Marching for Peace in Madrid

On February 15th I participated in what turned out to be the largest demonstration ever held in the city of Madrid.

Over one million people turned out to protest at Prime Minister Aznar?s backing of George Bush’s warmongering stance on Iraq. We started our march outside the Prado museum and it took our small group over three hours to reach the central square of Puerta del Sol – a distance you would normally walk in 20 minutes.

The march was so big that many people never made it to Sol at all, including the leaders of Spain’s major unions and political parties. In fact, film director Pedro Almod?var, who was making the main speech at the end of the march, had to be hustled through side streets just to get to the stage. As he was speaking on the platform we were still over an hour away from the finishing point but we were able to hear snatches of what was said through loudspeakers erected along the last 600m of the route.

One of the reasons it took so long to cover those last 500m was because we were witnesses to a ‘Greenpeace-style’ piece of direct action, which, deliberately or not, went unreported by the mainstream media the following day.

One of the buildings along the route was having its fa?ade cleaned, which meant it had scaffolding right up to the roof. As per usual, the scaffolding was covered by an enormous poster advertising, ironically enough in the circumstances, the armed forces and encouraging people to enlist.

The small group of activists, waving a skull-and-crossbones as their insignia, climbed up to the top and to the cheers of the delighted crowd, started untying the canvas. They eventually got it down and then proceeded to replace it with their own – albeit smaller – handmade banner which read:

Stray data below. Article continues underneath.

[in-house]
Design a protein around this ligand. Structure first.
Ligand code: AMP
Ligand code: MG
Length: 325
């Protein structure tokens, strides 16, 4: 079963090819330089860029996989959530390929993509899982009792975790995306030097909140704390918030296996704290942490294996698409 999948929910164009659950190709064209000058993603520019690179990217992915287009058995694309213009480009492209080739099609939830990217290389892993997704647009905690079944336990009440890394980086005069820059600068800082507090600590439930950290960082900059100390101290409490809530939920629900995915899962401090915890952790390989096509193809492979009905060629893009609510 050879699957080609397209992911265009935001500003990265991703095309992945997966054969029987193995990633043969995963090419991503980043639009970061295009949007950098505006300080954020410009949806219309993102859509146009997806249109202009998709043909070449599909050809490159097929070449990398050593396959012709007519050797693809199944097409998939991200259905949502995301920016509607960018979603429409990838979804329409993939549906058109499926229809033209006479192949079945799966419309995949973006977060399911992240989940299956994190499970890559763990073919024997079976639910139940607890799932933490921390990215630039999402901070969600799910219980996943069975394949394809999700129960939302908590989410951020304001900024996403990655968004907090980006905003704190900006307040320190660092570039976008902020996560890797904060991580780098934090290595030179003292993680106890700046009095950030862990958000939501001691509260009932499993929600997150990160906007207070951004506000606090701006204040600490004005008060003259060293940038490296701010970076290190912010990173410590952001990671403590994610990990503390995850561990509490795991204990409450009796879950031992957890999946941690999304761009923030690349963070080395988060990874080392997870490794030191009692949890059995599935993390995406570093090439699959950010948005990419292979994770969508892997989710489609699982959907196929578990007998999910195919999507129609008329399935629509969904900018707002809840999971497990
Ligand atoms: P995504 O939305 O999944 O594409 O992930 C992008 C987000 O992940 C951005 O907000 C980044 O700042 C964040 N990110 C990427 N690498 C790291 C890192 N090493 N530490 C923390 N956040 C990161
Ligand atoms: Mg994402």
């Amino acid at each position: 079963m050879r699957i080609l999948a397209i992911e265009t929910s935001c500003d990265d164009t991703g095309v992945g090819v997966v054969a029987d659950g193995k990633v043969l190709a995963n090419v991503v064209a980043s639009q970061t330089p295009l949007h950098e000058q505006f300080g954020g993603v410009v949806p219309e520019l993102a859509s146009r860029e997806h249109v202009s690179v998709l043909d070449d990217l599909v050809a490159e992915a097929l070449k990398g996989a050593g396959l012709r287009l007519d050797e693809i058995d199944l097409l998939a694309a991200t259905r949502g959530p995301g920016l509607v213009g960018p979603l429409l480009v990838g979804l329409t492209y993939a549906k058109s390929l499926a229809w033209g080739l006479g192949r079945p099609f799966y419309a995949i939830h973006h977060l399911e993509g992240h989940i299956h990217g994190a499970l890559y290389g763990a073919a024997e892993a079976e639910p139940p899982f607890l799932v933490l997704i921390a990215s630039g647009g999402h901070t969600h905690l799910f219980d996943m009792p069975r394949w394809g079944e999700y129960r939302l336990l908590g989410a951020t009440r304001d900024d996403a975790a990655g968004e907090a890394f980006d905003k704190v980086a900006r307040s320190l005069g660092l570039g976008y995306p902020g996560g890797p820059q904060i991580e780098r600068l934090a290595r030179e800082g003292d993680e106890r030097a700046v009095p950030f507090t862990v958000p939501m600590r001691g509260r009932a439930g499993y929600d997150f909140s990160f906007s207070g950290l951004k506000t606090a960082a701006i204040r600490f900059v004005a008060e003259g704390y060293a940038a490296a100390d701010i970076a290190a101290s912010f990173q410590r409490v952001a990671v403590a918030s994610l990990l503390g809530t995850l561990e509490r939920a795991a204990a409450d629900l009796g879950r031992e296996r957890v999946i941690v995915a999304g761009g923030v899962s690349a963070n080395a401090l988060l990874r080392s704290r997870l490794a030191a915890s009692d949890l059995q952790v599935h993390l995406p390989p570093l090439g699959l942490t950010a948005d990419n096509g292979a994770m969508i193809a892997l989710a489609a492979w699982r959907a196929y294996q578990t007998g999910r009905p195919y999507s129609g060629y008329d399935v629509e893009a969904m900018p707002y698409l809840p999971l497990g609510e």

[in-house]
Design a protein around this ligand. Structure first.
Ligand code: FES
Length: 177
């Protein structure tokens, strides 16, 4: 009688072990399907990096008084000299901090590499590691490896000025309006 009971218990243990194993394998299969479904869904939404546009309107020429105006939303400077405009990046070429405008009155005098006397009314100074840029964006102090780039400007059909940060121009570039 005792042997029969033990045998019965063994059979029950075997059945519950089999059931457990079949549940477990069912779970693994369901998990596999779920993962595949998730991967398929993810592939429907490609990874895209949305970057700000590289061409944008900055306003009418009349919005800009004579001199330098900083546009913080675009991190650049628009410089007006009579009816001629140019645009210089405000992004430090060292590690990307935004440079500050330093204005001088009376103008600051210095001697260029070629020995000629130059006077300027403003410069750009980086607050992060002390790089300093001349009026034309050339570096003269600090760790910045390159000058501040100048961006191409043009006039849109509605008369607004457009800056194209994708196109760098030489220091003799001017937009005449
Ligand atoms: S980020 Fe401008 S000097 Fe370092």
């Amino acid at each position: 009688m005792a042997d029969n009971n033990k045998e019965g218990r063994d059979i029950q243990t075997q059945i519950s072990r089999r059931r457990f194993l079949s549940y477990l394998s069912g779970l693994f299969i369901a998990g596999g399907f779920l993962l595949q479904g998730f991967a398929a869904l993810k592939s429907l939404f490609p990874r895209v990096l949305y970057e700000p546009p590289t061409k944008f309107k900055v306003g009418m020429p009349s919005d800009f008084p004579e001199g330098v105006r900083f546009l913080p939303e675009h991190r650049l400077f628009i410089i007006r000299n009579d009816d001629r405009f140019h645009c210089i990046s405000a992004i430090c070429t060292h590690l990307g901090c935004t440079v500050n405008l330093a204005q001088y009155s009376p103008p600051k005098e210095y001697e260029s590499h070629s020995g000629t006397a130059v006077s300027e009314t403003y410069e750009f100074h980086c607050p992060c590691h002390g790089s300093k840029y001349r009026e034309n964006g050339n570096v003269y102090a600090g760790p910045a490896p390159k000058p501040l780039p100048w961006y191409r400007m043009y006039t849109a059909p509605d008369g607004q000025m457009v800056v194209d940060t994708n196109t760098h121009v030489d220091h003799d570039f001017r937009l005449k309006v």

“No m?s sangre por petr?leo. No a la guerra. Asesinos!”

Translating as: “No more blood for oil. No to war. Murderers!”

They added a smaller poster with the “Nunca M?s” ( Never again ) slogan in reference to the broad-based protest group which is fighting the government over its disastrous handling of the “Prestige” oil spill in Galicia in North-West Spain.

In fact this was also a theme of the march with chants encouraging Aznar to “go to Galicia” if it was petrol he wanted.

The march was peaceful and good-humoured but there was an underlying mood of determination. I saw whole families walking towards the starting-point with anti-war stickers already on their coats. There were many people – who admitted that they were marching for the first time in their lives and in fact there was everything from Palestinian scarves to fur coats on display.

The chants were constant and varied and often completely spontaneous as people came up with new rhymes. One went – “With this government, we’re going backwards!” ( ?Con este gobierno, vamos de culo! ) – at which point everyone would turn around and start walking backwards until the chant died out. Another more irreverent one was “?Aznar, confiesa, Bush te la pone tiesa!”, which translates as “Aznar, own up, Bush gives you a hard-on!”

At the end of the Almod?var speech, in a scene repeated in Barcelona, a siren was played, at which point everyone fell to the ground in an expanding wave from Sol in a simulation of an aerial bombardment.

TOM SPAIN can be reached at: tom.spain@uah.es

 

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